CLEARWATER, Fla. — The crowd that gathered Wednesday morning peered to the sky as the baseball towered over Spectrum Field, the victim of a majestic Bryce Harper swing. The home run cleared the wall in right, soared over the grass berm, and went past the concourse before leaving the ballpark.
This — an up-close encounter of Harper — was why the crowd had gathered.
“Alright,” Andrew McCutchen shouted to the team’s new $330 million superstar. “You can stay around.”
Harper, facing live pitching for the first time since last season, took just a handful of swings in a simulated game against Jerad Eickhoff. He will play another simulated game on Thursday before making his Grapefruit League debut on Saturday as the designated hitter.
Those few swings on Wednesday were enough as Harper mashed a curveball with such authority that its hangtime to right field provided enough time to dream about what Harper could do this season in 81 home games at Citizens Bank Park, which has the same hitter-friendly dimensions as Spectrum Field.
Harper, in 50 games with the Nationals, hit more homers (14) at Citizens Bank Park than he did at any other visiting stadium. His .930 OPS in South Philly is the fourth highest in the 15-year history of the ballpark among all players — Phillies and visitors — who have played at least 50 games at CBP.
The Phillies have not had a lefthanded hitter hit 30 homers since Ryan Howard in 2011 as they have failed to take advantage of the 330-foot wall in right field. Of his career homers, 60 percent have been to right field.
“It’s a great ballpark to hit in,” Harper said. “It’s one of the smaller ballparks. I think I see the ball there very, very well, but also it’s just being comfortable and having good at-bats and not trying to do too much. Philly and Cincinnati are very similar in that instance where you’re sitting there and it’s a smaller ballpark but you’ve got to have the approach to not really try to do too much and just hit the barrel with the ball and go from there. If you just calm down and have good swings, have good approaches, have good at-bats hopefully have a good season as well.”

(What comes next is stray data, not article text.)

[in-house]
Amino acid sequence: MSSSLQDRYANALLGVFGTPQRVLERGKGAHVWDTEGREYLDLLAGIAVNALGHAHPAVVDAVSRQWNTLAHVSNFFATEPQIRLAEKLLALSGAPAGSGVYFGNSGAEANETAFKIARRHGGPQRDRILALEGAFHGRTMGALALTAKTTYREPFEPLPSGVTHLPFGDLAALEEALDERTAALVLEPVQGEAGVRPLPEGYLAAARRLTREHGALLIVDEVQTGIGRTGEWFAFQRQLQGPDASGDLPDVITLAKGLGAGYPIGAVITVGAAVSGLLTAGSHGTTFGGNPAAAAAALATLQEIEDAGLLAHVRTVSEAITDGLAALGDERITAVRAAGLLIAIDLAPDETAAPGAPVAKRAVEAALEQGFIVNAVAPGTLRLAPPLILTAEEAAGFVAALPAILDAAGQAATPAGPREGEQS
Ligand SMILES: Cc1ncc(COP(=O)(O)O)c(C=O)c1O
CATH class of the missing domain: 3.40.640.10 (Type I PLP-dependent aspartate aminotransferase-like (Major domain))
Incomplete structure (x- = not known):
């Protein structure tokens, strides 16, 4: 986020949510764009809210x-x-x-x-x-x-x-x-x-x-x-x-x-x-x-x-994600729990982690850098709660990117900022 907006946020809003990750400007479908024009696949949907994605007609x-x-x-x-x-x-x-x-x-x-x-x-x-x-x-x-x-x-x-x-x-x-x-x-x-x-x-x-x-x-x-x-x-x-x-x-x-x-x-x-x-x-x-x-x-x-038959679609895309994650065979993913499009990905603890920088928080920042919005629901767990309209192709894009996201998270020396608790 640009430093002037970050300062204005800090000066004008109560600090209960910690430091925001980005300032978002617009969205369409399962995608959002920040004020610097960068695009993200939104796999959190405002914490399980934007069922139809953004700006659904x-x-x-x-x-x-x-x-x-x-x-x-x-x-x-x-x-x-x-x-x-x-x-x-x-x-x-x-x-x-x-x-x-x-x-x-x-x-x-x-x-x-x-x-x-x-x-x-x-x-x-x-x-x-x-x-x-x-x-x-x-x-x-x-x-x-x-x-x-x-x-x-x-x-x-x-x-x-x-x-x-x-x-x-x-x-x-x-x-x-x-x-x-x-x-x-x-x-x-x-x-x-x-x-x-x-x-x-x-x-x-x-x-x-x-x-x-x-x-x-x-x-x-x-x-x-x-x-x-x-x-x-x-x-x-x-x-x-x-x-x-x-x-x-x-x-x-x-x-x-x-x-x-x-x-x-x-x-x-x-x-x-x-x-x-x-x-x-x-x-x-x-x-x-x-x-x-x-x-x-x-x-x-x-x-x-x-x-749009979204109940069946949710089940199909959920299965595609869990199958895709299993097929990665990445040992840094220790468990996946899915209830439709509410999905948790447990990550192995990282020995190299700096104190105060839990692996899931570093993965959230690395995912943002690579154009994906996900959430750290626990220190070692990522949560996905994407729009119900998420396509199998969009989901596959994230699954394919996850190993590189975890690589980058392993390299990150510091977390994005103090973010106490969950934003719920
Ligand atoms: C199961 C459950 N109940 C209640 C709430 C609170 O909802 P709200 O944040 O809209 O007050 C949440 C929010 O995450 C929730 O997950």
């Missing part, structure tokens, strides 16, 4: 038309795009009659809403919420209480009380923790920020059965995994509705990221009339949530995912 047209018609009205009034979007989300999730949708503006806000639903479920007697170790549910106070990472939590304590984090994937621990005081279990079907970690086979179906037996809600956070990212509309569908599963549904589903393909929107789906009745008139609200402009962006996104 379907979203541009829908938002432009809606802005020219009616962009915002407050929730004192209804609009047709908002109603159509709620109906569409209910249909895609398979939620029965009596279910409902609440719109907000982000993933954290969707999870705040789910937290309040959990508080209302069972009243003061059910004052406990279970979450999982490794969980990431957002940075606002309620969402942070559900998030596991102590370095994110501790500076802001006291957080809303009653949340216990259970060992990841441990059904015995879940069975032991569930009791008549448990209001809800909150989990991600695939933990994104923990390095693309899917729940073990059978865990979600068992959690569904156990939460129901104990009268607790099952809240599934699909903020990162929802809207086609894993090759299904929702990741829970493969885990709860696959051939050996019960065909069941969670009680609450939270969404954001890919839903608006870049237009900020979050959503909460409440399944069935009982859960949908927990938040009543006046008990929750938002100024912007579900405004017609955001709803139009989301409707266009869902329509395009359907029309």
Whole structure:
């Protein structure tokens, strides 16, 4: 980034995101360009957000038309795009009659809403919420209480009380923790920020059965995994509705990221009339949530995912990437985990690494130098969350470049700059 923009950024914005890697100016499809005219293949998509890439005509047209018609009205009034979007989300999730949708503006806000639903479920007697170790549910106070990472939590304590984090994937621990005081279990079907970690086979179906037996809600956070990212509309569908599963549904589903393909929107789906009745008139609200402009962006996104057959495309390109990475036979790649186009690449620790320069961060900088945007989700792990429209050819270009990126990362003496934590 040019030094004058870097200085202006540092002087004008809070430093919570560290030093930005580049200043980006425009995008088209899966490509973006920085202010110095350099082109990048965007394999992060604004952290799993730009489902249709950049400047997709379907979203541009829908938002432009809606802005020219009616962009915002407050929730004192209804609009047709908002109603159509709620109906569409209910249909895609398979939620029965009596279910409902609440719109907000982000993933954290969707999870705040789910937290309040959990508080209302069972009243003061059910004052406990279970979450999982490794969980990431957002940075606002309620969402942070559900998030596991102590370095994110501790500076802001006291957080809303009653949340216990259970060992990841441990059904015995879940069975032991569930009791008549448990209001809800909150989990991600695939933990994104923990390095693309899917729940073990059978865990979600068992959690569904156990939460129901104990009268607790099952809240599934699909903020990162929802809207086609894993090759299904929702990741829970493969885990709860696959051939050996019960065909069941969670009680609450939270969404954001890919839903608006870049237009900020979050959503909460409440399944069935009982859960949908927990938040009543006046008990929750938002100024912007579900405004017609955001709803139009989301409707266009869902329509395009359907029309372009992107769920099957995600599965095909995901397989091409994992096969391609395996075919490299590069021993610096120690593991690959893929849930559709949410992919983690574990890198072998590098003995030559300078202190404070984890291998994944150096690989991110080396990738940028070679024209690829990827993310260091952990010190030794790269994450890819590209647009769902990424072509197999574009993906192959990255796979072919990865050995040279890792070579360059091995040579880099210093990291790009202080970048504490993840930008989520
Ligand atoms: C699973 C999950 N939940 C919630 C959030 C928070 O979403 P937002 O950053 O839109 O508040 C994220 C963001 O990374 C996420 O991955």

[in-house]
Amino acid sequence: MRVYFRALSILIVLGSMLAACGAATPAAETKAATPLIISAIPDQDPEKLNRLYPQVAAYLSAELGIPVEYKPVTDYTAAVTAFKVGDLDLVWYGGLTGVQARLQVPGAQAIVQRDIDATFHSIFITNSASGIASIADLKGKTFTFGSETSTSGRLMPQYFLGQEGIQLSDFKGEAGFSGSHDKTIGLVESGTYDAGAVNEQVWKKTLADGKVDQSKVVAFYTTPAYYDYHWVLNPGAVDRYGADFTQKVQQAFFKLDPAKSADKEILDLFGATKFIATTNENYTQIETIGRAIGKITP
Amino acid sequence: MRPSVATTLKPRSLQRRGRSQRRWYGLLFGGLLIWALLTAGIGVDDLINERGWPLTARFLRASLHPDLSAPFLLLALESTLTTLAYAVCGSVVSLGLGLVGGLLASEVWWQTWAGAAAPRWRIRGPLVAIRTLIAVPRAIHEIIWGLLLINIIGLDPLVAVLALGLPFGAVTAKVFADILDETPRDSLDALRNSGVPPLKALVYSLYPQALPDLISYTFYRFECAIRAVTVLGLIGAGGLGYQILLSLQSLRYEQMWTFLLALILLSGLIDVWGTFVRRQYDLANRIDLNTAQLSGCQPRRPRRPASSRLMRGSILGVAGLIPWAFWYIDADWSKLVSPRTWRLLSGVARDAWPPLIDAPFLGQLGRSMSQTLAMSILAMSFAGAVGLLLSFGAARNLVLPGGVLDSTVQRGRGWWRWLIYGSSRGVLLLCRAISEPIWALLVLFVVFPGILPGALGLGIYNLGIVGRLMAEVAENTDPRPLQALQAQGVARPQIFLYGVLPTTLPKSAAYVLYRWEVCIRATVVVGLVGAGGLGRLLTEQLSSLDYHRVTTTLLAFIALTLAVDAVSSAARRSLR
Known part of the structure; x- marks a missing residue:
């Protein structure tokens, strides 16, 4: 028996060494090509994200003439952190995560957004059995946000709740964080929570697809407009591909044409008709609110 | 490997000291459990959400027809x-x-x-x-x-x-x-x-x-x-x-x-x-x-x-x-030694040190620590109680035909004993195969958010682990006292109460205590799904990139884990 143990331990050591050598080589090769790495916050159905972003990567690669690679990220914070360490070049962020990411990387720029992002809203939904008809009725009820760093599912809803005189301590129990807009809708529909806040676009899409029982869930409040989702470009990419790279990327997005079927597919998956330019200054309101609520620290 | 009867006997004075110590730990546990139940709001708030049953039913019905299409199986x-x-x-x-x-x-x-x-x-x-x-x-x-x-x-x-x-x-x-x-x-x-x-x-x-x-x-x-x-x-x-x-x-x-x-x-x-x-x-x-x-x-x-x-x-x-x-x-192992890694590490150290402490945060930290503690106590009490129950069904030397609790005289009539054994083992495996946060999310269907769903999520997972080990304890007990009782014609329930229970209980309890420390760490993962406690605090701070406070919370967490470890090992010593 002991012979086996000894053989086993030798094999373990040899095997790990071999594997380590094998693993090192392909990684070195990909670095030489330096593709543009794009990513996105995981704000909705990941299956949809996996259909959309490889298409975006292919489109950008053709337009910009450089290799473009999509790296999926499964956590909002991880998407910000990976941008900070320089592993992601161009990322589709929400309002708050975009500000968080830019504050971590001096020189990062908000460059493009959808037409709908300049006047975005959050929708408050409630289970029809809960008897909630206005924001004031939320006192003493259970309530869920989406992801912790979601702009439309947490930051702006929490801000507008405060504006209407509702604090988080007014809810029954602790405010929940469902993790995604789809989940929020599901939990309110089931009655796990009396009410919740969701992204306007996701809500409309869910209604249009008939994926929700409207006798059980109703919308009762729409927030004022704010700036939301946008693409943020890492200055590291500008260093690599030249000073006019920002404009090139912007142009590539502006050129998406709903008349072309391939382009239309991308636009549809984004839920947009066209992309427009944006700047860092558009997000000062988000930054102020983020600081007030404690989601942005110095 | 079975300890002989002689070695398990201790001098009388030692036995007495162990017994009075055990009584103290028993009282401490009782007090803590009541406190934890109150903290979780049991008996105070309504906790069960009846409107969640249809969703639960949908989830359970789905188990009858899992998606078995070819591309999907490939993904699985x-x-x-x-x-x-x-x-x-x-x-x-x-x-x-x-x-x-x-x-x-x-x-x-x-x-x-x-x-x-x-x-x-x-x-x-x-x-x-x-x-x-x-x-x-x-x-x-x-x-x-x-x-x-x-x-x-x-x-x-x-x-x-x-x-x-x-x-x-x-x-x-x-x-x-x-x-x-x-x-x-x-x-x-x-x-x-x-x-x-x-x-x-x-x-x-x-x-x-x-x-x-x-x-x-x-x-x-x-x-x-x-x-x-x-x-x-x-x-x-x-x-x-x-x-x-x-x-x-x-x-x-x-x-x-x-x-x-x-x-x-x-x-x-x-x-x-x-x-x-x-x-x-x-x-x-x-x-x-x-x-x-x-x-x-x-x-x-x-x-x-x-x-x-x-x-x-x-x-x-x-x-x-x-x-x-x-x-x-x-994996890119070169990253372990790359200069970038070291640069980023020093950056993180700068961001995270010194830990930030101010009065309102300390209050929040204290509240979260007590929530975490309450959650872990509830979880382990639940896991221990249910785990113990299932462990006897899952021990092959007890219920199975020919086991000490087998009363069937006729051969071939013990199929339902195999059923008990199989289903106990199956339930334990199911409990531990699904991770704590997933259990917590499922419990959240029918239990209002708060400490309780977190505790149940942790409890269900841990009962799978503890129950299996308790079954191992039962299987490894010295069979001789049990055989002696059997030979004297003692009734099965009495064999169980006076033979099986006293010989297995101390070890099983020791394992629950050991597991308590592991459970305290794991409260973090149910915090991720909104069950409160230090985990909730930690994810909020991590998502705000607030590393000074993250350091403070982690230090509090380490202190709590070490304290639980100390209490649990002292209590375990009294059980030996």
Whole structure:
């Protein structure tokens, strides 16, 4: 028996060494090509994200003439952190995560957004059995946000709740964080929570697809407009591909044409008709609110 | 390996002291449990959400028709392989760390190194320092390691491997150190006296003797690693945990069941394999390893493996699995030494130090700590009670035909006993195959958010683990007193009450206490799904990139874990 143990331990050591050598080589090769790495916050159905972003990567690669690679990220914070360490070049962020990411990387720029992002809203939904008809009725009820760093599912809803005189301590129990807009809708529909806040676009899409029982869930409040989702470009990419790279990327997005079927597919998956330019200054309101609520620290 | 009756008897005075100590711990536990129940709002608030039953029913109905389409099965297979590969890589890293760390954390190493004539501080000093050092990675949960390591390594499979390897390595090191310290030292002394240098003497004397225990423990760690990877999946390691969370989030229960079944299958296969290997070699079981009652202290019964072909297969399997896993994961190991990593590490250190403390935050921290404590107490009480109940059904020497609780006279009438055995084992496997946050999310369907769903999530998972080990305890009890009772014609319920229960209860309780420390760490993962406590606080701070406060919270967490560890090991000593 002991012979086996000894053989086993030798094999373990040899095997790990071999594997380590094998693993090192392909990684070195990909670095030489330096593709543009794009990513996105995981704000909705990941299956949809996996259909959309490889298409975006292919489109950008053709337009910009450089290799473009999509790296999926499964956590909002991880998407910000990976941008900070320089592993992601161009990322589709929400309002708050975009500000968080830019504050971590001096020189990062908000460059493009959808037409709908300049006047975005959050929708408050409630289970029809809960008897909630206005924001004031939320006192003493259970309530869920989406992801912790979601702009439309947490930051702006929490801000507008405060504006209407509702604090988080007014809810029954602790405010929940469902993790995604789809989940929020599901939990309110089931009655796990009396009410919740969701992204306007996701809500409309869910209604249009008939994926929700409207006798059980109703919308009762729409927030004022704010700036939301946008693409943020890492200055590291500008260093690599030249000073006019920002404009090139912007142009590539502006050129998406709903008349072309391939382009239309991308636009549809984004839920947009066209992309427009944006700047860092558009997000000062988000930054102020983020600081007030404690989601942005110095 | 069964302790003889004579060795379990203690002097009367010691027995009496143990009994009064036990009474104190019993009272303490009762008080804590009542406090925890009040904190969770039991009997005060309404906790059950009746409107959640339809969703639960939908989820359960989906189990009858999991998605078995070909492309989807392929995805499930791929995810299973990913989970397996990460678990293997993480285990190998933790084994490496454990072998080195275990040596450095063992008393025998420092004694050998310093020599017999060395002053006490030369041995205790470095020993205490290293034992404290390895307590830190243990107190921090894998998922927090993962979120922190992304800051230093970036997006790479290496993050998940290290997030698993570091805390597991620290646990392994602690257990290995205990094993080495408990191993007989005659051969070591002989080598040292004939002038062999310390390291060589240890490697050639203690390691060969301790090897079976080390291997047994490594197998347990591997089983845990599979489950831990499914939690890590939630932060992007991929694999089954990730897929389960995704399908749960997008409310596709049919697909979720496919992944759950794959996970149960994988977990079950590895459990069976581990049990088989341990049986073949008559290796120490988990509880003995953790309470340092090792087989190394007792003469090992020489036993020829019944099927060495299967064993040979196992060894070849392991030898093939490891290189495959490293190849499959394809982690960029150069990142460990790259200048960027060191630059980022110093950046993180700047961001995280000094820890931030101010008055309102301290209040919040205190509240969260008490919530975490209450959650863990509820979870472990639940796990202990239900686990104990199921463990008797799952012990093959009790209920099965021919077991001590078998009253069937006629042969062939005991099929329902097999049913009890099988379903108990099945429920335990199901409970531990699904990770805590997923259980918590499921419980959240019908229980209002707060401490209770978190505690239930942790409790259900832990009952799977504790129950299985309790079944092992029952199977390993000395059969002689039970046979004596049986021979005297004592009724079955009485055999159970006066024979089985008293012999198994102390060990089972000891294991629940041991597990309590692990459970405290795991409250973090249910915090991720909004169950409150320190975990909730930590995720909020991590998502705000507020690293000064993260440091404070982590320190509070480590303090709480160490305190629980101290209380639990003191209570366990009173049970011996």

Harper, just like Jim Thome and Ryan Howard, seems to be built to hit at Citizens Bank Park. If you’re sitting in right field this summer, beware.
“One of the things we know about Harper is that he can hit the ball out of the ballpark anywhere,” manager Gabe Kapler said. “And our ballpark plays hitter-friendly, especially during the summer, in the middle of the field, as well. I can easily recall balls that were 20, 30, 40 feet beyond the center-field wall that he squared up in D.C. and I think we can all imagine what those balls can do at CBP.”
Eickhoff, who is working his way back from surgery to correct carpal tunnel syndrome, was told after the session by pitching coach Chris Young that Harper was sitting on a first-pitch curveball. He has faced Harper 12 times over the past three seasons and has had modest success. The curveball, Eickhoff said, had excellent spin. He attacked him during his four at-bats on Wednesday morning just like he did in the past. The homer, Eickhoff said, was “a tip-your-cap-kind of thing.”
“Yeah, it was pretty impressive,” Eickhoff said. “I wasn’t too happy about it, but yeah.”